More than 500 bacterial strains may be found in dental plaque. In the beginning, the emphasis was laid on the isolation of bacteria in pure culture to define their properties. However, now, it has been well established that in nature the bacteria exist as a member of polymicrobial community or consortium of interacting species. Interactions among human oral bacteria are integral to the development and maturation of the plaque. These interactions occur at several levels including physical contact, metabolic exchange, small-signal molecule-mediated communication, and exchange of genetic material. This high level of interspecies interaction benefits the microorganism by providing a broader habitat range, effective metabolism, increasing the resistance to host defence, and enhancing their virulence. This generally has a detrimental effect on the host and is attributed to many chronic infections which poses a therapeutic challenge. © 2013 Ajay Mahajan et al.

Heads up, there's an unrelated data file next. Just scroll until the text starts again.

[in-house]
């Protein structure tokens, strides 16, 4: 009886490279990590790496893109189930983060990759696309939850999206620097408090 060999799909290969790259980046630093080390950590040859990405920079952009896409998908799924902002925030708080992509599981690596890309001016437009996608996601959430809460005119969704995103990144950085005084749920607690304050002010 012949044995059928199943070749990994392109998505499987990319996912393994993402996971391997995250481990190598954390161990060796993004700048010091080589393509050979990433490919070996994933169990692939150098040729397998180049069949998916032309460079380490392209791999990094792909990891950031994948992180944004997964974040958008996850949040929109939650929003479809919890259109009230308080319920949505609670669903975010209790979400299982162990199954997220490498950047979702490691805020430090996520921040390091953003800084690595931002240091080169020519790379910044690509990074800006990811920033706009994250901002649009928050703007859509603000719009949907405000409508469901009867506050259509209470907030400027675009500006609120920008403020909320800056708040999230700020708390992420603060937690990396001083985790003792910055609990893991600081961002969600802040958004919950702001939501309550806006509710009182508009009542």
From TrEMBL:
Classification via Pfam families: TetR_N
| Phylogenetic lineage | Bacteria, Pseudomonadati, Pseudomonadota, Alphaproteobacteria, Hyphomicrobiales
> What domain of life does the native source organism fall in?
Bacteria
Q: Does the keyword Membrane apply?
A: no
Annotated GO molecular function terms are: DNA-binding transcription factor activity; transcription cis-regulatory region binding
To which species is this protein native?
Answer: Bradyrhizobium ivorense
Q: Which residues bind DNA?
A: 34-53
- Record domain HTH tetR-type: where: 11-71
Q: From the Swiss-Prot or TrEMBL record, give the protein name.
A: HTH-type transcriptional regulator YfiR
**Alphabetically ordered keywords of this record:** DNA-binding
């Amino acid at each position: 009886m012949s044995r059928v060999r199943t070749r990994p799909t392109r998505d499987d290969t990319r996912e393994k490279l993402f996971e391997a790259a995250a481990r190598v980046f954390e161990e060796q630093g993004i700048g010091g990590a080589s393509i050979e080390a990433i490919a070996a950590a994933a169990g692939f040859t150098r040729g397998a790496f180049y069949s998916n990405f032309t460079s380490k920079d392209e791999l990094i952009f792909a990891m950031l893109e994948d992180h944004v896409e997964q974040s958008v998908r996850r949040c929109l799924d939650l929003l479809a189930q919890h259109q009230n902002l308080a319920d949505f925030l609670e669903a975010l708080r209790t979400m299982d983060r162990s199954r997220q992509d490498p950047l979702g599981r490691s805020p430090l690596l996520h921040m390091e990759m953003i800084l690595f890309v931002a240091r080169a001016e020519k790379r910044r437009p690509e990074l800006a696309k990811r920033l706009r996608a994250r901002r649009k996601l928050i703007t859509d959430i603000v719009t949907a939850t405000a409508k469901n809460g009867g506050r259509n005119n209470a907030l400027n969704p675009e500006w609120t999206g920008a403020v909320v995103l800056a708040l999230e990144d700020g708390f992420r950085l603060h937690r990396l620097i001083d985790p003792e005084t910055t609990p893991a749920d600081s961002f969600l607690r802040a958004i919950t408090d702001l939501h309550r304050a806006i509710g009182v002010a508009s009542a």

Mahajan, A., Singh, B., Kashyap, D., Kumar, A., & Mahajan, P. (2013). Interspecies communication and periodontal disease. The Scientific World Journal. https://doi.org/10.1155/2013/765434